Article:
One component of the six-week postpartum visit is the assessment of the rectus abdominis muscles. Separation of these muscles is normal during pregnancy as the muscles and connective tissue stretch and thin to accommodate your baby. It can take several months for these muscles to begin to heal and move closer together after giving birth. For some individuals, the separation can remain significant, a condition called diastasis recti. This condition can lead to a weak core, back pain, and a stubborn postpartum belly. Fortunately, diastasis recti can be greatly improved or healed all together with the slow implementation of certain core stabilizing exercises.
First, it is helpful to
check for the degree of muscle separation. Lying on your back, lift your head and shoulders slightly off of the floor (like doing a mini crunch) and push your fingers down into your belly button. If your fingers sink into your abdomen, you have a separation of your rectus abdominis muscles. You can then move your fingers above and below your belly button to feel the different degrees of separation in different areas. Becoming familiar with your degree of separation is helpful when beginning exercises in order to track your healing progress. Here is a demonstration on how to check for diastasis recti.
Before we talk about exercises we that should be doing to premote diastasis closure, lets quickly review what we shouldn’t be doing. Abdominal exercises like crunches, sit-ups and planks are counterproductive when dealing with diastasis recti and can, in fact, make the condition worse. Any exercises that cause the abdominal muscle to bulge away from the body (put your hand on your stomach while doing a crunch to feel it for yourself) put additional pressure on those already weak abdominal muscles. Planks force the abdominal muscles to support the internal organs, also increasing abdominal pressure and outward force. Once your diastasis is healed, these exercises can be added back into your routine, but it is important to avoid them while rebuilding your foundational core.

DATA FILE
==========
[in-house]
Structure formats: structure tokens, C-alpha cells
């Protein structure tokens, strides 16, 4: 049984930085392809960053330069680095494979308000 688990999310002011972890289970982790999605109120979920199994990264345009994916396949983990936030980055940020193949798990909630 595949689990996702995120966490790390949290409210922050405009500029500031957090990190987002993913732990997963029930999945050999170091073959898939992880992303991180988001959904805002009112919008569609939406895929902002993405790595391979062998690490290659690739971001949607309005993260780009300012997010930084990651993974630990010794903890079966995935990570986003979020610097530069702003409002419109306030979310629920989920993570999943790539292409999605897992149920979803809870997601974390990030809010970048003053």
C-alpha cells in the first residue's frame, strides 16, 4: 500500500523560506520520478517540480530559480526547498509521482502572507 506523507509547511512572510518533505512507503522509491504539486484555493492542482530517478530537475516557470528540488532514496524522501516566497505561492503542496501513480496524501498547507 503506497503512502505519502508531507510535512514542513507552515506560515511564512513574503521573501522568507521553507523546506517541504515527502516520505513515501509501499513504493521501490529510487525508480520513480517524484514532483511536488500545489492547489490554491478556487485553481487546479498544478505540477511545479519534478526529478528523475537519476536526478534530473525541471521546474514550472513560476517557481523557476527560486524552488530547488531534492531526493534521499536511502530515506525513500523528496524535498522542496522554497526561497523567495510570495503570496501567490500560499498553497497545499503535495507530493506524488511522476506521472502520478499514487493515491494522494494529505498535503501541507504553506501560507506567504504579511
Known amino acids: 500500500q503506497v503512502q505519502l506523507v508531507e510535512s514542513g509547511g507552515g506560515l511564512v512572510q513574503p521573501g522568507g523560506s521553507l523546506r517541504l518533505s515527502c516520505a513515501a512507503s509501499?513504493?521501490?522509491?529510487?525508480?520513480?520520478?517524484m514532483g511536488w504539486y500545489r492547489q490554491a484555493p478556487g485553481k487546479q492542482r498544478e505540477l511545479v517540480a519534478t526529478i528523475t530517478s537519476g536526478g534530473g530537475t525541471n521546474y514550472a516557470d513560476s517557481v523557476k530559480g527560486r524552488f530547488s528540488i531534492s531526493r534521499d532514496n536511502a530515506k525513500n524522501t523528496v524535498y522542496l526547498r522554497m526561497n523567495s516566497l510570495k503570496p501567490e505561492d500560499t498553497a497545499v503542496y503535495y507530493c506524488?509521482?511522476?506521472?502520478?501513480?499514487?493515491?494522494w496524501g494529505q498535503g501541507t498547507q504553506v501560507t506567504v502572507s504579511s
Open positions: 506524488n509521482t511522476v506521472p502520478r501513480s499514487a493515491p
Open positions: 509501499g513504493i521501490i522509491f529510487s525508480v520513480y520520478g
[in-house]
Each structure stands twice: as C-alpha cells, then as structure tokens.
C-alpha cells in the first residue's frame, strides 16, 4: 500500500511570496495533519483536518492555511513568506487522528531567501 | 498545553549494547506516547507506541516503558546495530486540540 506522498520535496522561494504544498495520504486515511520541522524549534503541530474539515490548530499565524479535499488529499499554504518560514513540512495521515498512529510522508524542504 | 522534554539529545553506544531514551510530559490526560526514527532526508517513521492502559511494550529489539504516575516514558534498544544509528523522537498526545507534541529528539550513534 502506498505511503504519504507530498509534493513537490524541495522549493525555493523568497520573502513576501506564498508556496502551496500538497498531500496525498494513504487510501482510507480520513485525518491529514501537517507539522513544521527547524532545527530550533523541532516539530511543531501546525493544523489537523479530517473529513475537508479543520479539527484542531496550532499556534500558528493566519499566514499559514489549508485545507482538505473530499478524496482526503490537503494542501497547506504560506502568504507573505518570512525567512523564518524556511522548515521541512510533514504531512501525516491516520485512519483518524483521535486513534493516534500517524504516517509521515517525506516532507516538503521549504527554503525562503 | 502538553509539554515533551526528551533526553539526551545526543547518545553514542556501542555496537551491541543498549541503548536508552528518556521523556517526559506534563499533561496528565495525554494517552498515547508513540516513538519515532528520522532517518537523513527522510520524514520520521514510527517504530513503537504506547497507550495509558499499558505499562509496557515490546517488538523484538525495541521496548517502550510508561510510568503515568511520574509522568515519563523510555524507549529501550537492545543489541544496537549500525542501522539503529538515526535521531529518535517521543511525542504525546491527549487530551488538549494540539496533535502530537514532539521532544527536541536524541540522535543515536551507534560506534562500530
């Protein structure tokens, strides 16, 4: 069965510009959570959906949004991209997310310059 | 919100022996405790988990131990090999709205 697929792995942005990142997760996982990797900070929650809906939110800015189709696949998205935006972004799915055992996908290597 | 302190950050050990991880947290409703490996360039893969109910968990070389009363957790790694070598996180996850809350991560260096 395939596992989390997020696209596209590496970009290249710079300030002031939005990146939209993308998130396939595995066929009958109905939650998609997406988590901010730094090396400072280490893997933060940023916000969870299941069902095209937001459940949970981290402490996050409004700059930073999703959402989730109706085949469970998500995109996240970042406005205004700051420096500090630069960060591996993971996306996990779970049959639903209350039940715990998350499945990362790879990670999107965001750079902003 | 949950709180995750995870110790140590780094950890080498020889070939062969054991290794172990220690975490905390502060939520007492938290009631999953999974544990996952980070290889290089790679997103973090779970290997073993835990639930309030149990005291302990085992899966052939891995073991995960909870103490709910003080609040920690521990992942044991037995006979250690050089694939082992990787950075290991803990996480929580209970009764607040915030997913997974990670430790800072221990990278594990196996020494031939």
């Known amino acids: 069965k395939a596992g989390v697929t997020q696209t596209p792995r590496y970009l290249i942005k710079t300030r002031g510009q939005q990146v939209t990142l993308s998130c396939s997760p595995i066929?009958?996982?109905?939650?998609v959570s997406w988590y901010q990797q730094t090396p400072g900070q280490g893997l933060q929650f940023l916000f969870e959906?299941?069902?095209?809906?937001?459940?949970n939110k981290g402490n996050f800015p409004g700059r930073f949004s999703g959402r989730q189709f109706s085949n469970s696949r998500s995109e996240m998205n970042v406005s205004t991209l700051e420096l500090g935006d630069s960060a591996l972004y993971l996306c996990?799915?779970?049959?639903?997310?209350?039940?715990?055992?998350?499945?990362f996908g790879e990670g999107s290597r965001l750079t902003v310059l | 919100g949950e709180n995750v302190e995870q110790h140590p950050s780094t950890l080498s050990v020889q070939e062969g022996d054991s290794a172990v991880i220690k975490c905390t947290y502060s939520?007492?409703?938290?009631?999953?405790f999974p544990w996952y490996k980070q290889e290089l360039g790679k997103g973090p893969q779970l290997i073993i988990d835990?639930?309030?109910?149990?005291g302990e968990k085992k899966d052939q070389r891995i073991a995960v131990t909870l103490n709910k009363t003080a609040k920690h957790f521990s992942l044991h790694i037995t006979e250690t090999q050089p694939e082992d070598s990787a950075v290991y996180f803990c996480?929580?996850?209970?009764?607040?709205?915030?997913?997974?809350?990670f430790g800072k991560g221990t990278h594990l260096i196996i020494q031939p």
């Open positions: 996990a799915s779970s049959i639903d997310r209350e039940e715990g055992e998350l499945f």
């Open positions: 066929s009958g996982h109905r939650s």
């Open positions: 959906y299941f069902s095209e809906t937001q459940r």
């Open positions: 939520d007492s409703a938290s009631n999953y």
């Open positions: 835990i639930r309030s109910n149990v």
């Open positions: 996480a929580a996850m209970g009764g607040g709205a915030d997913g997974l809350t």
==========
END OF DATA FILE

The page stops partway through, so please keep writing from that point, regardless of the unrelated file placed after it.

One of the first exercises to begin with after your 6-week postpartum visit is a simple breathing exercise that can help to isolate your core abdominal muscles. Lay on your back, knees bent, with the arch of your back pressed against the ground (you want a flat spine). Place your hand on your belly and take a deep breath, trying to expand your abdominal muscles to push your hand up and away from the floor. As you exhaled, contract your abdominal muscles and pull your belly button towards your spine. This “pulling your belly button towards the ground” action is the foundation for all of the other exercises to follow. You can do this simple exercise in repetitions of ten several times throughout the day until you feel that you have a good grasp on the technique.
Next add the “pelvic tilt” to your practice. Here, start in the same position on your back with your knees bent. This time curl your hips towards your ribcage while engaging your abs and pressing your lower back into the ground. This is a very subtle movement, which works both the core abdominal muscles and the pelvic floor muscles. Check this out for visual examples of the pelvic tilt.
As you progress in your strength and technique, you can add other exercises into your routine. Here is a great guide to 6 exercises for healing diastasis recti (some of which we already discussed above).
Lastly, here are some other gentle, beginning exercises to work with…
Ultimately, a physical therapist is going to be able to best asses your muscular weaknesses and tailor individual exercises. If you feel that you would benefit from professional physical therapy, please speak to your provider about a referral.
Here are a few physical therapy resources for the local Philadelphia, PA area (**note that we do not endorse any of these providers. This list is simply a place for you to start your own research).
Image Property of Fit2B https://fit2b.us/how-to-check-for-diastasis-hd/
We know how busy families are with life, children, and especially new babies. I am sure that you are laughing at the idea of exercising with a 6-week-old infant at home. Fortunately, these exercises are really quick and simple and can be broken up throughout the day or even integrated into floor play with little ones. The sooner that you implement gentle core exercise (after getting the go ahead from your provider of course), the better your body will heal. Even if you had your babies many years ago, it is never too late to strengthen these important abdominal muscles!
For those of you planning on having more babies, check out this post on healthy musculature/pelvic structure and their important role in optimal fetal position for delivery.
Next time we will address pelvic floor dysfunction and how to regain strength in your pelvic floor. To kegel or not to kegel? That is the question! Best wishes for your self care endeavors!
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